although when the 31-year-old entrepreneur beaten or starved to death. Schindler may have impunity – although justice would eventually be
acquired it just after the German invasion of started out a bon viveur Nazi of convenience served at the Nuremberg courthouse, southern
September 1939, not even he could have who hoped to get rich quick, but the horrors he Germany, where the tour concludes.
guessed that it would eventually transform witnessed during the liquidation of Krakow’s Oskar Schindler claimed it took a “miracle”
him from scoundrel to saviour. ghetto transformed him into one of history’s to do what he did. It didn’t. It took courage;
As a member of the Nazi party – albeit an bravest humanitarians. courage to resist – the same courage the Frank
opportunistic one – Schindler was entitled to His greatest play was yet to come, though. family displayed by not giving in. That’s the
huge privileges in the newly occupied lands, and In July 1944, with the Soviets approaching, lesson this tour teaches, and the reason why
he knew it. He also knew that it could make him the Nazis ordered easternmost concentration the names Anne Frank and Oskar Schindler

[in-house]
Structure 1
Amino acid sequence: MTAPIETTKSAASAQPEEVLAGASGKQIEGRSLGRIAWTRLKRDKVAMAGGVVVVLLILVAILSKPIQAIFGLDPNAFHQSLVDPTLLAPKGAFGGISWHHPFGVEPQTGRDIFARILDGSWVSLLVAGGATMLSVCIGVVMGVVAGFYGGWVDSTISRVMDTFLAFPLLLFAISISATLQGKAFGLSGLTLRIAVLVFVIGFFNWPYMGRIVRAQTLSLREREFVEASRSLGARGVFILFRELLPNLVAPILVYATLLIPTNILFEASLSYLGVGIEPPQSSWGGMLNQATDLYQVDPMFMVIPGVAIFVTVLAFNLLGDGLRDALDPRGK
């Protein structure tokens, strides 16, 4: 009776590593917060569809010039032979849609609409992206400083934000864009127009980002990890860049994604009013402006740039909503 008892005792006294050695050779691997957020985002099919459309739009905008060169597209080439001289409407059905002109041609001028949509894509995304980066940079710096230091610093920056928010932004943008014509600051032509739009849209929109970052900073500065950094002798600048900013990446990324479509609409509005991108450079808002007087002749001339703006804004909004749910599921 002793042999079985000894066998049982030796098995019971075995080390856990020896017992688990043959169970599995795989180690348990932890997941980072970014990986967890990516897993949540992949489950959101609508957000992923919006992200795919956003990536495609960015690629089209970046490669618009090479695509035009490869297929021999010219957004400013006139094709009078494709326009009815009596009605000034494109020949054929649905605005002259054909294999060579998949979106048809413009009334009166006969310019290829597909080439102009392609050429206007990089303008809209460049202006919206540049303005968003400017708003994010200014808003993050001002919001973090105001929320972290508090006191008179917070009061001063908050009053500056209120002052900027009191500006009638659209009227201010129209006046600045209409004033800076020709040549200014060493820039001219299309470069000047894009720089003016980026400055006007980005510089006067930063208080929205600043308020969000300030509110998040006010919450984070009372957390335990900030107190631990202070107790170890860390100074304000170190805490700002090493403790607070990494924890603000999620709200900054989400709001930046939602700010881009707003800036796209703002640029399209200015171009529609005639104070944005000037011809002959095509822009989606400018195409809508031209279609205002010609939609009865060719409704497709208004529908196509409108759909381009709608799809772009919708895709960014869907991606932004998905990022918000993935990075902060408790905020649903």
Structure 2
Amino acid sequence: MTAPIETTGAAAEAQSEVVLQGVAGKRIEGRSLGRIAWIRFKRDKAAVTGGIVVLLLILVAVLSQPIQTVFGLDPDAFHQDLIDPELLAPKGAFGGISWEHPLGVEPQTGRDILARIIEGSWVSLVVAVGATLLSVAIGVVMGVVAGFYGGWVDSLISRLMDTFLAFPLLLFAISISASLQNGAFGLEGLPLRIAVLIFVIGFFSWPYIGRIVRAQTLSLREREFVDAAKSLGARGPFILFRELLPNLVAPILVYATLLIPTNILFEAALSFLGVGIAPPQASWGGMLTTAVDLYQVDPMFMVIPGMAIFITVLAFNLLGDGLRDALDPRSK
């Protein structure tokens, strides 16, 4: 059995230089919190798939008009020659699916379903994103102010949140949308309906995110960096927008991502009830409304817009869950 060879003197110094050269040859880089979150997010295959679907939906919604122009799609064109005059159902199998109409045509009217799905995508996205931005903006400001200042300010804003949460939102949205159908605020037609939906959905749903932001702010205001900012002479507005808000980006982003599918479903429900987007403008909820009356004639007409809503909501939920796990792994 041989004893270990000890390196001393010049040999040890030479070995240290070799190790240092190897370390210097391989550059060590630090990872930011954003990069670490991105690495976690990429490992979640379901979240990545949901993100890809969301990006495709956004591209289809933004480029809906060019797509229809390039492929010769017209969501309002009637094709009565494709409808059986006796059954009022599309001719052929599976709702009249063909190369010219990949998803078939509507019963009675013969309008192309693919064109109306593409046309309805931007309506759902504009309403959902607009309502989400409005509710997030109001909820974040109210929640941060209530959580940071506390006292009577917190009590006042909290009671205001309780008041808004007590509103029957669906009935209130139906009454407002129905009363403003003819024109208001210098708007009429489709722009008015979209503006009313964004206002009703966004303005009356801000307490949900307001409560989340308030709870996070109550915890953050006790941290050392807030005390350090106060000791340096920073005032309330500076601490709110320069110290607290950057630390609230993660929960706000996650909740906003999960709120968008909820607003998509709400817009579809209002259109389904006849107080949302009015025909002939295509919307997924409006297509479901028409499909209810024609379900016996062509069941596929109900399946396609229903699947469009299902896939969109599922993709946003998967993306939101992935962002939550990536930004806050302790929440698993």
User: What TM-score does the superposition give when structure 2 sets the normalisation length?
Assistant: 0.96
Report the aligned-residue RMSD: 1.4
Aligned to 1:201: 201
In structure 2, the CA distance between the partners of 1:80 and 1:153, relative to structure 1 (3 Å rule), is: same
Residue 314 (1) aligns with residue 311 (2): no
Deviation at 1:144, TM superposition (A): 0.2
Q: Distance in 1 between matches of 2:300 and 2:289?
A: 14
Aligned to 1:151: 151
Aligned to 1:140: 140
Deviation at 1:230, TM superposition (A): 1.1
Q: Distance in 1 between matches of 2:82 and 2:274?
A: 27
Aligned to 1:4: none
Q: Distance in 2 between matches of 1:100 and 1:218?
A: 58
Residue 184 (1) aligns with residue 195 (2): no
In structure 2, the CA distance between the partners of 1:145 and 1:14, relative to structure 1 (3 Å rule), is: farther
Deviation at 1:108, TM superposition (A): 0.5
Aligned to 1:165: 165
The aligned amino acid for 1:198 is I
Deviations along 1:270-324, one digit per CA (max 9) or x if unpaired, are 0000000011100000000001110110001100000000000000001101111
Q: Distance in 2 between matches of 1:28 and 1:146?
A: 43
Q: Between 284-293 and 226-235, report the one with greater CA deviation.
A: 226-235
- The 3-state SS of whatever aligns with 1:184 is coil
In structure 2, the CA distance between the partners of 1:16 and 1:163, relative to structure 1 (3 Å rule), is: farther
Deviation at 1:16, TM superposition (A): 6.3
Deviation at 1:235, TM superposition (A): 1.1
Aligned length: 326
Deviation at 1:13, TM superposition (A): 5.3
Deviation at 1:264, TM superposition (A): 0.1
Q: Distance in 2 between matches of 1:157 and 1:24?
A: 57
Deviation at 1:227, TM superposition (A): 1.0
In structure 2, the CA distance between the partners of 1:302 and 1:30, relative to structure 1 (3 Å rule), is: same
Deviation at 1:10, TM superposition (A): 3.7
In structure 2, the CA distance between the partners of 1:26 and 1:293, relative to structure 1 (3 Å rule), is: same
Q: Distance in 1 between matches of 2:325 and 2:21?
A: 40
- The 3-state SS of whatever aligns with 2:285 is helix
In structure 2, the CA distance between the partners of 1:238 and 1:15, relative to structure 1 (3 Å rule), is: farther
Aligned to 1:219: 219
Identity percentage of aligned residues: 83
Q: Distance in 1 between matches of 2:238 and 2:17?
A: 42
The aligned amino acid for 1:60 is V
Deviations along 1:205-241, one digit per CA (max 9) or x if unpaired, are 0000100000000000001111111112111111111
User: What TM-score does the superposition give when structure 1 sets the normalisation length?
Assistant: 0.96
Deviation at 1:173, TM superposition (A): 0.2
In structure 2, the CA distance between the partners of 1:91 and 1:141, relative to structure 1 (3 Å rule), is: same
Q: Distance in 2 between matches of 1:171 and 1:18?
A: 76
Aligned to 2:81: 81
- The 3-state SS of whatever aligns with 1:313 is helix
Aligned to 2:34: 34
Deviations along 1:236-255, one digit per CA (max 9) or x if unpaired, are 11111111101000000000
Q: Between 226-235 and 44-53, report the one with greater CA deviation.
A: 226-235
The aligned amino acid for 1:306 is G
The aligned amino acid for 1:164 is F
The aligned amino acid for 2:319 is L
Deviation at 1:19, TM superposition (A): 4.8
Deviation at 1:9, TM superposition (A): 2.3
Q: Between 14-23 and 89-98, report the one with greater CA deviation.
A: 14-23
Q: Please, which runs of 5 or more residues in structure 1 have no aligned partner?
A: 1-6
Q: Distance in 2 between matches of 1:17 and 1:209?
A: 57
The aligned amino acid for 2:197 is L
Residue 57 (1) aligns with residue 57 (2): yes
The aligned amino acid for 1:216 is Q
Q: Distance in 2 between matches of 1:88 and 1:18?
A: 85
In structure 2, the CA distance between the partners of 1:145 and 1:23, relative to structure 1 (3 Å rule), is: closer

rich, and within weeks of arriving as Emalia’s camps such as Emalia to close and send their beam a message of hope throughout history. w
prisoners to Auschwitz. Schindler bluffed again,

A CLERICAL ERROR LED TO


arguing that his camp made weapons that were
vital to the war effort. He persuaded officials to The Story of Anne Frank and
move his camp, with its “specialised” workforce,
300 OF HIS FEMALE WORKERS to Brünnlitz, Czechoslovakia. When officials Oskar Schindler tour
asked for a list of who was on his workforce, Price from £1,029 per person. Includes: 11 nights’
BEING SENT TO AUSCHWITZ Schindler supplied one – with 1,200 names on
it. The rest, as they say, is history. Apart from
accommodation with continental breakfast; travel
door-to-door by Silver Service luxury coach from a

INSTEAD OF BRÜNNLITZ one last twist. A clerical error led to 300 of his
female workers being sent to Auschwitz instead
convenient local joining point; and historical visits
as described, with assistance from one of Leger’s
specialist guides.
of Brünnlitz, and it took Schindler a month and
Departure dates: 22 September 2014;
new owner, he had won huge contracts to supply most of what was left of his personal fortune to
4 May 2015; 27 July 2015; 10 August 2015;
the Wehrmacht with cookware and, crucially, get them out. It’s thought that, in today’s money, 21 September 2015
expanded its manufacturing output to include Schindler – who ended the war penniless –
For more details
munitions. Schindler soon reduced his labour spent £8million saving his workers. Not that a